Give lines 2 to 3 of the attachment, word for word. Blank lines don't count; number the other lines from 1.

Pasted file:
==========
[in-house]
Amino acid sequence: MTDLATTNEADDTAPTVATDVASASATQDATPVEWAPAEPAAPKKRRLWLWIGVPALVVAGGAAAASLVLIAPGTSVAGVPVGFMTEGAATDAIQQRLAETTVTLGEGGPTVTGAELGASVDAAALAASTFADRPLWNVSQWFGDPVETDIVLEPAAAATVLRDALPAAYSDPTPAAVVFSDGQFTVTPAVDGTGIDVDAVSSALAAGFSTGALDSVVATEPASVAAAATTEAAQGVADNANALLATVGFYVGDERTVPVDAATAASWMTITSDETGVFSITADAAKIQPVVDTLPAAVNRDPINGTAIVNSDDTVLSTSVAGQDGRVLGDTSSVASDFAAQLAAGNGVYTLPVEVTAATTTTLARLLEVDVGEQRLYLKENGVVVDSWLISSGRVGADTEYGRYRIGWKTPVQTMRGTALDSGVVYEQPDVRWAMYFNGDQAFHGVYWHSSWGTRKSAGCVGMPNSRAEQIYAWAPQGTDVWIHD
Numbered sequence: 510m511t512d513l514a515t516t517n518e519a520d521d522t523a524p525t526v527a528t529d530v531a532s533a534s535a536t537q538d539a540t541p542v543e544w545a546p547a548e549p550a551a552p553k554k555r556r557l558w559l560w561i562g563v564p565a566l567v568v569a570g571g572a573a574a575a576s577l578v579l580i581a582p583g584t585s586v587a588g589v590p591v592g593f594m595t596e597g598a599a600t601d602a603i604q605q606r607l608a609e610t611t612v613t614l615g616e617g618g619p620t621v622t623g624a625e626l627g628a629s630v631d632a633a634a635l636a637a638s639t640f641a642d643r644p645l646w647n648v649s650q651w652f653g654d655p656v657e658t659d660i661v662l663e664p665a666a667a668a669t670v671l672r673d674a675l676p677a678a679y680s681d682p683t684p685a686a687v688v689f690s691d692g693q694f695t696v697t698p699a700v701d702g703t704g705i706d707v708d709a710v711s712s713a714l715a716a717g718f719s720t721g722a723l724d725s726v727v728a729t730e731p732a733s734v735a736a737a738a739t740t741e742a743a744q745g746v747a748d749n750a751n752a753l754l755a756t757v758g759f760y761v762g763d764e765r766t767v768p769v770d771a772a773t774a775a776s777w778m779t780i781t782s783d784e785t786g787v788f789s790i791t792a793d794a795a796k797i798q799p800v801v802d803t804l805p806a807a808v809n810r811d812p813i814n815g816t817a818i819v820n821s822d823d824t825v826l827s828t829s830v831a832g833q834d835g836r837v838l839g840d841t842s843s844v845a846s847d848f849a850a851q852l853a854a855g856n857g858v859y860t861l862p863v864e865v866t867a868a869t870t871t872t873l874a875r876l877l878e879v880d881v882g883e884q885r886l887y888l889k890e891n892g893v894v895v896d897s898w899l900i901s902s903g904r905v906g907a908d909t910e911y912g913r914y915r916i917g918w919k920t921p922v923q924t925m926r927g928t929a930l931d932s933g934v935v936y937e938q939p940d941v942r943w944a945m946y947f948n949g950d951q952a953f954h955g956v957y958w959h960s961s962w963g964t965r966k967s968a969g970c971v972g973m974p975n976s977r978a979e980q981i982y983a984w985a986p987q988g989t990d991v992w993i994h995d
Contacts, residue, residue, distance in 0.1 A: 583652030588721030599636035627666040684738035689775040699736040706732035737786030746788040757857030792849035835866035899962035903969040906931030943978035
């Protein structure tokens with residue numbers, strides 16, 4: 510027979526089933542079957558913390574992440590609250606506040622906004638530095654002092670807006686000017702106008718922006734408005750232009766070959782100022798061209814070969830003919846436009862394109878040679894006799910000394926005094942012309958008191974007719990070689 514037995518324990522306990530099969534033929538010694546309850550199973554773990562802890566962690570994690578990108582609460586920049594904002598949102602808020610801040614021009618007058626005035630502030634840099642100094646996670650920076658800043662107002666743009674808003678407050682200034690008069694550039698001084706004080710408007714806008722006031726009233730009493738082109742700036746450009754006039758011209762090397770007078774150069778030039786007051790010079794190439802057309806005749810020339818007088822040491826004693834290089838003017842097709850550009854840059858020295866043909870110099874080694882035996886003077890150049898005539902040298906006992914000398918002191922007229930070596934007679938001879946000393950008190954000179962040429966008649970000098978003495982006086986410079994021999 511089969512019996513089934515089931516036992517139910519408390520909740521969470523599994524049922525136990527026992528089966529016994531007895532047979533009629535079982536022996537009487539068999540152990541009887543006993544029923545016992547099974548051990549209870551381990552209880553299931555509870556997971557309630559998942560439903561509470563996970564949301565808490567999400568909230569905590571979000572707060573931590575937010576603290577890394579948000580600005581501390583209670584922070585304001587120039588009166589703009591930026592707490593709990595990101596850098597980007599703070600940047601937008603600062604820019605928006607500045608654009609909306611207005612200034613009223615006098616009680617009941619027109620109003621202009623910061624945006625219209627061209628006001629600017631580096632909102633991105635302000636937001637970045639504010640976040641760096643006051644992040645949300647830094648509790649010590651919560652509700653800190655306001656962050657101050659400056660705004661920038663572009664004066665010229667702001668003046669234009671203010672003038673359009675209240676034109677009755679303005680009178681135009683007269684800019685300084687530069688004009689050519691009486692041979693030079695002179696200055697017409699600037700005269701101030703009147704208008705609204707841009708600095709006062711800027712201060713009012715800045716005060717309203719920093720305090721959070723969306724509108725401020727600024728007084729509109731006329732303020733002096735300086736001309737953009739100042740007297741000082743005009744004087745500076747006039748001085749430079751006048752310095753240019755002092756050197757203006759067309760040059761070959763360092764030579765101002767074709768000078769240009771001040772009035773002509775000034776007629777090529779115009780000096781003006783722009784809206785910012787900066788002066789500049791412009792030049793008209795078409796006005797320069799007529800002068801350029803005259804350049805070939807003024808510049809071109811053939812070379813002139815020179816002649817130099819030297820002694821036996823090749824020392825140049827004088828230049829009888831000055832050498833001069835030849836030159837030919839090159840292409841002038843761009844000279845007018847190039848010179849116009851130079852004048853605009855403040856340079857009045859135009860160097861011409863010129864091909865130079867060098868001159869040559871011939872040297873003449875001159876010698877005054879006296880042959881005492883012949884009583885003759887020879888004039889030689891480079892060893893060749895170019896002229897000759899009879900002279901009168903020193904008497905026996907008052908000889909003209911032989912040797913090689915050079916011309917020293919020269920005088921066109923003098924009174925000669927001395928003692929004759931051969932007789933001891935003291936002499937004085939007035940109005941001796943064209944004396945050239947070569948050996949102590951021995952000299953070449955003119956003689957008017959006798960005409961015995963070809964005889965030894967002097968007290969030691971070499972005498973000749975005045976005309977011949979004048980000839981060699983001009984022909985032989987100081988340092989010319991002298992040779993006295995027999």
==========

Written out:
Amino acid sequence: MTDLATTNEADDTAPTVATDVASASATQDATPVEWAPAEPAAPKKRRLWLWIGVPALVVAGGAAAASLVLIAPGTSVAGVPVGFMTEGAATDAIQQRLAETTVTLGEGGPTVTGAELGASVDAAALAASTFADRPLWNVSQWFGDPVETDIVLEPAAAATVLRDALPAAYSDPTPAAVVFSDGQFTVTPAVDGTGIDVDAVSSALAAGFSTGALDSVVATEPASVAAAATTEAAQGVADNANALLATVGFYVGDERTVPVDAATAASWMTITSDETGVFSITADAAKIQPVVDTLPAAVNRDPINGTAIVNSDDTVLSTSVAGQDGRVLGDTSSVASDFAAQLAAGNGVYTLPVEVTAATTTTLARLLEVDVGEQRLYLKENGVVVDSWLISSGRVGADTEYGRYRIGWKTPVQTMRGTALDSGVVYEQPDVRWAMYFNGDQAFHGVYWHSSWGTRKSAGCVGMPNSRAEQIYAWAPQGTDVWIHD
Numbered sequence: 510m511t512d513l514a515t516t517n518e519a520d521d522t523a524p525t526v527a528t529d530v531a532s533a534s535a536t537q538d539a540t541p542v543e544w545a546p547a548e549p550a551a552p553k554k555r556r557l558w559l560w561i562g563v564p565a566l567v568v569a570g571g572a573a574a575a576s577l578v579l580i581a582p583g584t585s586v587a588g589v590p591v592g593f594m595t596e597g598a599a600t601d602a603i604q605q606r607l608a609e610t611t612v613t614l615g616e617g618g619p620t621v622t623g624a625e626l627g628a629s630v631d632a633a634a635l636a637a638s639t640f641a642d643r644p645l646w647n648v649s650q651w652f653g654d655p656v657e658t659d660i661v662l663e664p665a666a667a668a669t670v671l672r673d674a675l676p677a678a679y680s681d682p683t684p685a686a687v688v689f690s691d692g693q694f695t696v697t698p699a700v701d702g703t704g705i706d707v708d709a710v711s712s713a714l715a716a717g718f719s720t721g722a723l724d725s726v727v728a729t730e731p732a733s734v735a736a737a738a739t740t741e742a743a744q745g746v747a748d749n750a751n752a753l754l755a756t757v758g759f760y761v762g763d764e765r766t767v768p769v770d771a772a773t774a775a776s777w778m779t780i781t782s783d784e785t786g787v788f789s790i791t792a793d794a795a796k797i798q799p800v801v802d803t804l805p806a807a808v809n810r811d812p813i814n815g816t817a818i819v820n821s822d823d824t825v826l827s828t829s830v831a832g833q834d835g836r837v838l839g840d841t842s843s844v845a846s847d848f849a850a851q852l853a854a855g856n857g858v859y860t861l862p863v864e865v866t867a868a869t870t871t872t873l874a875r876l877l878e879v880d881v882g883e884q885r886l887y888l889k890e891n892g893v894v895v896d897s898w899l900i901s902s903g904r905v906g907a908d909t910e911y912g913r914y915r916i917g918w919k920t921p922v923q924t925m926r927g928t929a930l931d932s933g934v935v936y937e938q939p940d941v942r943w944a945m946y947f948n949g950d951q952a953f954h955g956v957y958w959h960s961s962w963g964t965r966k967s968a969g970c971v972g973m974p975n976s977r978a979e980q981i982y983a984w985a986p987q988g989t990d991v992w993i994h995d